Updated: Jun 7
Last year a dear and caring friend of mine commented she and her teenage daughter were experiencing new and overt disapproval from members of their local Californian community. I wish I'd paid more attention at the time to her words because now I realize this is a big problem. My new awareness of the Covid 19 Hate Crimes Bill has opened my eyes.
It seems there are some people who are struggling to live alongside those who have always been their neighbors or community members. Blaming, shaming, ostracizing, at its worst hate crimes. Apparently because Wuhan and Covid 19 have become synonymous in the minds of some of us. People on both sides of this experience are hurting. I wonder, is legislation the answer?
I'm fortunate to have wonderful friends who are qualified to understand this situation. While I live in the UK Dr Myke and Mike live in the US and they have deep understanding of human behavior. In conversation together they've helped me to understand some challenges and opportunities of these current conversations.
My biggest question is, why do we need to legislate behavior which to my mind is a matter of common decency. The answer may be found in the deterioration of society, where trashing someone else is OK - it's not OK by me. Where accountability is absent and anonymity is provided by social platforms with global reach. Add to this the differences which show up as provincialism. It's understandable that one group has a shared viewpoint which differs from that of the next group. Yet how do we manage bringing those varied viewpoints together without creating tribal conflict?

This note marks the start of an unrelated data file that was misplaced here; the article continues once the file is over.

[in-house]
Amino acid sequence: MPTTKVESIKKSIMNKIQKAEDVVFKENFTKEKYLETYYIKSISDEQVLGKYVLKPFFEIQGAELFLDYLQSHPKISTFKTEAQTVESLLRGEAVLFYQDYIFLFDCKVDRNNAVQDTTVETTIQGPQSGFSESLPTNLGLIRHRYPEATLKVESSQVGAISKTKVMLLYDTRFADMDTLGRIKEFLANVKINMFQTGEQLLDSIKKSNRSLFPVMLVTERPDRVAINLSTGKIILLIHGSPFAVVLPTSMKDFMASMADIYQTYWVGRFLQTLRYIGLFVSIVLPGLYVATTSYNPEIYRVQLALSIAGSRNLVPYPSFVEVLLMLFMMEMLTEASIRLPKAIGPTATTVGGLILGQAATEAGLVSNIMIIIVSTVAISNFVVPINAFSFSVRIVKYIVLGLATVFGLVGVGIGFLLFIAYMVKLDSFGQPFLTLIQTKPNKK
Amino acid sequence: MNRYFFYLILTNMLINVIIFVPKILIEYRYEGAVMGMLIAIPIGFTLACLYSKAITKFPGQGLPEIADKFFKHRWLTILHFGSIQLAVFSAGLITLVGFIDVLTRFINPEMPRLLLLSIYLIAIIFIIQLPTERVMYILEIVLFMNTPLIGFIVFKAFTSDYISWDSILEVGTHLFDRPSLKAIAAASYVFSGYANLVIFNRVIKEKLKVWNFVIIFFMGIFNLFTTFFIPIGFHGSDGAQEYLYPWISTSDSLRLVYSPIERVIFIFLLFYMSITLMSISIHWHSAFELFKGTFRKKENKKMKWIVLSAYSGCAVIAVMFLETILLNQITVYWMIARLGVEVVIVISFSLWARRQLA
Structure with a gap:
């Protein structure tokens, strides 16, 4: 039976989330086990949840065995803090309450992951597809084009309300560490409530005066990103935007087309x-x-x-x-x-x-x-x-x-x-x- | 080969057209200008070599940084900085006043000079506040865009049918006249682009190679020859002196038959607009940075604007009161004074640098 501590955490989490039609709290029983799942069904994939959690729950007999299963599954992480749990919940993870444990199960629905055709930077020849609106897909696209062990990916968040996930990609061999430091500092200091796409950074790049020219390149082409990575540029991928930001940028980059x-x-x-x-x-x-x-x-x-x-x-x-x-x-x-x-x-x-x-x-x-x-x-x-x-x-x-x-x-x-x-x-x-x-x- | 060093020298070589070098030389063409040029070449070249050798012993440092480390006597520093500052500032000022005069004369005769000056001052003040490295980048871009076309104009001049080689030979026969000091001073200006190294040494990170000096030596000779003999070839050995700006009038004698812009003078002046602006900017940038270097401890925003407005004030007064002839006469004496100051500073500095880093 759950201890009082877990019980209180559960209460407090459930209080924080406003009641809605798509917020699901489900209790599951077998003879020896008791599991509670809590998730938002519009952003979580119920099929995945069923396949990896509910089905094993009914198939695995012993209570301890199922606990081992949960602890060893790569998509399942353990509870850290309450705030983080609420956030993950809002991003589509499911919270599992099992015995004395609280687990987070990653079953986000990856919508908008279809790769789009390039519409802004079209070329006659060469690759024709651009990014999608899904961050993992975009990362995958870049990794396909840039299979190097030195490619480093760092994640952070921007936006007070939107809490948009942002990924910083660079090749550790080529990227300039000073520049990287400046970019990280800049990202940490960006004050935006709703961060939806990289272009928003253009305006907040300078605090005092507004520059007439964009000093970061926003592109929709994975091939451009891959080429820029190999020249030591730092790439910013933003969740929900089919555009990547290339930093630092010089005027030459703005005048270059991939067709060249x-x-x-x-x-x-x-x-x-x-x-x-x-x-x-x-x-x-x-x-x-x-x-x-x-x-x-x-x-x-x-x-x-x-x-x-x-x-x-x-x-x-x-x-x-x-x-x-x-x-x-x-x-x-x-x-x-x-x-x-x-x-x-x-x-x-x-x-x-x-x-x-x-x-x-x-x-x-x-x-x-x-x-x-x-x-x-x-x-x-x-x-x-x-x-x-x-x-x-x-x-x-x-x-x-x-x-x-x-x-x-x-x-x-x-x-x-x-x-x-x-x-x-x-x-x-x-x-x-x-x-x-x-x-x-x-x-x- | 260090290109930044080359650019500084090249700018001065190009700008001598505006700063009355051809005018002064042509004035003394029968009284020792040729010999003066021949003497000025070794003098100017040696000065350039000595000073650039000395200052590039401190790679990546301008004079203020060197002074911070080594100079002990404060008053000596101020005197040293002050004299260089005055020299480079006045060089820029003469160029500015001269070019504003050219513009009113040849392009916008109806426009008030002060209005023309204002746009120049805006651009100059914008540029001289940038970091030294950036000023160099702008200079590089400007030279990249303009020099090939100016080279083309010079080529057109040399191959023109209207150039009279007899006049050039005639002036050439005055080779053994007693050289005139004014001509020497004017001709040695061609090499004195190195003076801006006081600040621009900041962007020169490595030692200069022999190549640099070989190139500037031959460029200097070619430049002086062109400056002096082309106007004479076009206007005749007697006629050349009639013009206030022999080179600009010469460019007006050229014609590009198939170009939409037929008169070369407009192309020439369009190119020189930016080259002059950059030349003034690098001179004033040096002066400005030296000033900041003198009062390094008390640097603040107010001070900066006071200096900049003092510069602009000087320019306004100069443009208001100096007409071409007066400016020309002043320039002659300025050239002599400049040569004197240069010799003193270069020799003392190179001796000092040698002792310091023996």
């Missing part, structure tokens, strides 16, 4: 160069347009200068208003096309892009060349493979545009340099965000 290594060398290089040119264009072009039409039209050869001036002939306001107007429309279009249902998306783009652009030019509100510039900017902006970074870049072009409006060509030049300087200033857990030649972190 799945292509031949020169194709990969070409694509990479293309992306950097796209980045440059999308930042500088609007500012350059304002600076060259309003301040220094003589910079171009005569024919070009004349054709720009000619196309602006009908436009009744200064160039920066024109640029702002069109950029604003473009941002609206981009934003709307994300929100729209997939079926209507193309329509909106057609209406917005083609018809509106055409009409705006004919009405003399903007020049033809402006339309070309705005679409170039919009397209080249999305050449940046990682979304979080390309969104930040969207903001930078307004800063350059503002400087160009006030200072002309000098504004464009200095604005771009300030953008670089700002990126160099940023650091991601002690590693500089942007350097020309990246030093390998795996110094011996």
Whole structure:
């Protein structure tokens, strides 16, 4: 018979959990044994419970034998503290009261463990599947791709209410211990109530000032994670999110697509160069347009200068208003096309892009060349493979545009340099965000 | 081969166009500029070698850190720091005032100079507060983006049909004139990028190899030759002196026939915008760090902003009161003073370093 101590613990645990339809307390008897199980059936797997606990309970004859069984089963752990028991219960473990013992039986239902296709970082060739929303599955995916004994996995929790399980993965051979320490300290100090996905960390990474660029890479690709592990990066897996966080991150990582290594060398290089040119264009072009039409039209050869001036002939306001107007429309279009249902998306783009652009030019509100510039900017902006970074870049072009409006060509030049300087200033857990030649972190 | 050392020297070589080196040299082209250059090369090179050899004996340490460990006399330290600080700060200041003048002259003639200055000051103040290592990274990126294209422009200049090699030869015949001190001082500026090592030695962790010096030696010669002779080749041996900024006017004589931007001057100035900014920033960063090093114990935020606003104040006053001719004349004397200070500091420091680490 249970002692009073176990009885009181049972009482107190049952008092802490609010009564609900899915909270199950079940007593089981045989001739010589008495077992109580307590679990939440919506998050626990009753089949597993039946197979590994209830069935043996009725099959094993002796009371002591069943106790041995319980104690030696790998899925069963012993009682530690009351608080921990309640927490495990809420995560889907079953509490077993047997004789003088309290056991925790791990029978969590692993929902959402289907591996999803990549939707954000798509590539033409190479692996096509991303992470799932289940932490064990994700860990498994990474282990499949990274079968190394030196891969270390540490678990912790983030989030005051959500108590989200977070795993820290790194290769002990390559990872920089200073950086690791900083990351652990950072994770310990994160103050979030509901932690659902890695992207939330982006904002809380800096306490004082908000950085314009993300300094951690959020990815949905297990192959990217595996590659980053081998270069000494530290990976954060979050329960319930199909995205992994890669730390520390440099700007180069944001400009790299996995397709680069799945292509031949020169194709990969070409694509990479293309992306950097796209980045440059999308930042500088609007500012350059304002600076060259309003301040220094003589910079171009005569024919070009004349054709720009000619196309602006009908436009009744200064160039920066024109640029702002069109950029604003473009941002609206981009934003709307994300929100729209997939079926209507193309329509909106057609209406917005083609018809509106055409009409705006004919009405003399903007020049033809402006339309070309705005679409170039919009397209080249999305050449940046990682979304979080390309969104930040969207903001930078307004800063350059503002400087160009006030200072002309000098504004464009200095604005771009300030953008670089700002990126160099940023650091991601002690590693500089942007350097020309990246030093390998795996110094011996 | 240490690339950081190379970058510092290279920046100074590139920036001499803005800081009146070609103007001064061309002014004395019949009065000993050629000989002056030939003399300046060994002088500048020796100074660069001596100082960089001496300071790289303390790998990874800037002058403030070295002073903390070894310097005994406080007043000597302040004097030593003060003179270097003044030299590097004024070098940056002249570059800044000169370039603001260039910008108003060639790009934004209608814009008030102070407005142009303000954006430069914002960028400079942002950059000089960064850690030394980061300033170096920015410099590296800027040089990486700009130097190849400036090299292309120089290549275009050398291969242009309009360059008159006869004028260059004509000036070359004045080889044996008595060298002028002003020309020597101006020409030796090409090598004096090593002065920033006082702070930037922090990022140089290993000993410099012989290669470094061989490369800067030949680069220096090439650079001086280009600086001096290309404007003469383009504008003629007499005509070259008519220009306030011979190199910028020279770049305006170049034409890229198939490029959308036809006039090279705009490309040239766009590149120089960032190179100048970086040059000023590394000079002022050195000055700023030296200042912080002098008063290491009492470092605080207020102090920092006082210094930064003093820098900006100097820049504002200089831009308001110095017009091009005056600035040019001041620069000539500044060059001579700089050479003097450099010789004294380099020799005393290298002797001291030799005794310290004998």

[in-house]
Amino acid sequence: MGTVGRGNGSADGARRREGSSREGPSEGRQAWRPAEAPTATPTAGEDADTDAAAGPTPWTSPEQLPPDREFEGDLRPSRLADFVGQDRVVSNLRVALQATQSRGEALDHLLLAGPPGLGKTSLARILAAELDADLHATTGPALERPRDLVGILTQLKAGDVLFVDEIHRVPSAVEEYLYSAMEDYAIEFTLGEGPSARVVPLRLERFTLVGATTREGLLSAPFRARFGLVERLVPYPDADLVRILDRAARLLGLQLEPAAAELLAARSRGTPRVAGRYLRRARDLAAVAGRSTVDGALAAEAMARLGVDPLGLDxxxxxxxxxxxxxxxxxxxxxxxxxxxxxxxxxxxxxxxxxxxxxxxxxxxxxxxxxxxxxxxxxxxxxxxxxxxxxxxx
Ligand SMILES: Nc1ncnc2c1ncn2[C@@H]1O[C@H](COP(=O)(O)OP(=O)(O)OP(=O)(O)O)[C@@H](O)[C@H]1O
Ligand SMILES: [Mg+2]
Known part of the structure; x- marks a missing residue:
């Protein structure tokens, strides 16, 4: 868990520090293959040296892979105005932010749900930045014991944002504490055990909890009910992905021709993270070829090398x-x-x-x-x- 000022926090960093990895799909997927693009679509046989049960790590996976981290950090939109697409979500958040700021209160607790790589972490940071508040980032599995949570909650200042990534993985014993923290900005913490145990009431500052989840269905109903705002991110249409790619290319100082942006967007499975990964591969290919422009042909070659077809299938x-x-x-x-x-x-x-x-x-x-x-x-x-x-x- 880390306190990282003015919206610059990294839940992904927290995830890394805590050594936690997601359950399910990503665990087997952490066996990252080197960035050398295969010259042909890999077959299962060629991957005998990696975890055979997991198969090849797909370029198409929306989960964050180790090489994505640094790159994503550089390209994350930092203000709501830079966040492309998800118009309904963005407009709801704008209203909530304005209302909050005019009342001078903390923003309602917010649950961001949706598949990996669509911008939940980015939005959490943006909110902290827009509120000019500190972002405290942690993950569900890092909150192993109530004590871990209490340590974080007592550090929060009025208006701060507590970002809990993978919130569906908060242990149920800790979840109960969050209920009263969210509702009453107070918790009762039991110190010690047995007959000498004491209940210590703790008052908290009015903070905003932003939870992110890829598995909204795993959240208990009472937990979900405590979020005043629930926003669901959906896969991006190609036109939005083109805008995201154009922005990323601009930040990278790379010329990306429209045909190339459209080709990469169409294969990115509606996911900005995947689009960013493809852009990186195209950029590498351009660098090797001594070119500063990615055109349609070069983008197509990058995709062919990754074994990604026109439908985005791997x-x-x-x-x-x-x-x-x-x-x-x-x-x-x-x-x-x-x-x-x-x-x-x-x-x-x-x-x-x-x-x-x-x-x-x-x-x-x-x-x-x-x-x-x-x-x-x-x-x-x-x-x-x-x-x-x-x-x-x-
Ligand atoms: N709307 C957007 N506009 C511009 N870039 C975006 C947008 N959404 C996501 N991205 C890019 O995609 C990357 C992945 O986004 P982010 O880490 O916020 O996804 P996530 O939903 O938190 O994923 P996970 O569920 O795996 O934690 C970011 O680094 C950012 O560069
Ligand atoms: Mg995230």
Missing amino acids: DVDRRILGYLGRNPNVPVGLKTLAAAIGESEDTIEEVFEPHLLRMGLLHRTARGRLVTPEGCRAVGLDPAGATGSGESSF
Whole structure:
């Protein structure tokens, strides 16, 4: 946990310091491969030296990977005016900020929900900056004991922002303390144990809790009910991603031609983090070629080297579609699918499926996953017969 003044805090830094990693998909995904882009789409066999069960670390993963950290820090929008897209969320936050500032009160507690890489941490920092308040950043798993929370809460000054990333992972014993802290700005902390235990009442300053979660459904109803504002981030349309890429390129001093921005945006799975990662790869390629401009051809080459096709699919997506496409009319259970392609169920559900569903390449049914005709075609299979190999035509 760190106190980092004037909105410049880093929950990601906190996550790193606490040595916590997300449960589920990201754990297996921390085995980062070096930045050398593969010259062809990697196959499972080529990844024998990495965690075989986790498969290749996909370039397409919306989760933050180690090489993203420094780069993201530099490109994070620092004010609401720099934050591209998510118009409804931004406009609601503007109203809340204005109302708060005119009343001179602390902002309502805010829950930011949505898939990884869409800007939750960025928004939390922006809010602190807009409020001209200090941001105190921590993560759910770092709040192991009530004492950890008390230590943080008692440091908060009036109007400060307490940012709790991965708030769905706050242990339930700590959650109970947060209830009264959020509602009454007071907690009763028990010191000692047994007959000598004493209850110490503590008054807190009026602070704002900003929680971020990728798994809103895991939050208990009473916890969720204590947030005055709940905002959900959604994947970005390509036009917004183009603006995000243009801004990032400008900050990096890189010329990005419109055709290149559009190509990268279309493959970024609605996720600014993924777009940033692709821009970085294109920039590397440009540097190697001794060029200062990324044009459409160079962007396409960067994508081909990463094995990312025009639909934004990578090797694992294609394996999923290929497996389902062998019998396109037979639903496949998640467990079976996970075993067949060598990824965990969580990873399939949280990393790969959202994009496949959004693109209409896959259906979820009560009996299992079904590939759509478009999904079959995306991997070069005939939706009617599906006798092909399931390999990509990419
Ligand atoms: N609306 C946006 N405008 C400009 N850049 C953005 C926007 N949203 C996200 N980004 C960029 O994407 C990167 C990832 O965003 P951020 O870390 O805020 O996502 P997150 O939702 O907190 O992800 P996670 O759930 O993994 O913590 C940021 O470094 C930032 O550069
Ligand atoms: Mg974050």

Maybe Dr Myke is right in saying Congress is initiating a conversation for change which the people will implement one by one. There's no doubt the Civil Rights Act (1964) has contributed to the normal thinking of later generations. Yet I feel there's so much more to be done on the matter of discrimination, though I digress.
If the actions of we as individuals is the source of our solution to Covid 19 Hate Crimes, what is it we can do, what is it I can do?
It's a two pronged approach of addressing our own behavior and of being willing to help someone else address their behavior.
Beginning with taking control of my own behavior. This takes some self reflection and isn't always an easy thing to do. We tend to act out of passion. To then step back and observe our own behavior can be challenging. Because it takes dispassionate observation of our own passion! Do you see the conflict this presents us?
There is a trick to dispassionate observation which I discovered some years back. It's to replay in my mind the event as if I am looking at it in a movie. In this quasi removed state I am able to 'see' more clearly the situation and how I acted. It has taken practice and continues to serve me well in many situations including allowing me to step back from the behaviors of others - that's handy!
Helping others to observe and understand their behaviors is a different matter, I'm working at getting better at this. Dr Myke says, it's important to seek permission first, for example by asking someone close to you, 'can I speak with you about what I just observed?' If the answer is no then respect that. If the answer is yes then you have the opportunity to help, and by setting aside your own judgements, you stand a chance of making a difference. Food for thought....
Dr Myke, Mike and I had such a rich conversation together, there's much more I feel you'd find valuable. So I've produced a podcast for you. https://www.astera.global/podcast
And now I will send a belated message of support to my friend and her daughter, both of whom are contributors in their society. Wouldn't it be a shame if the behaviors of others caused these women to withdraw their contributions?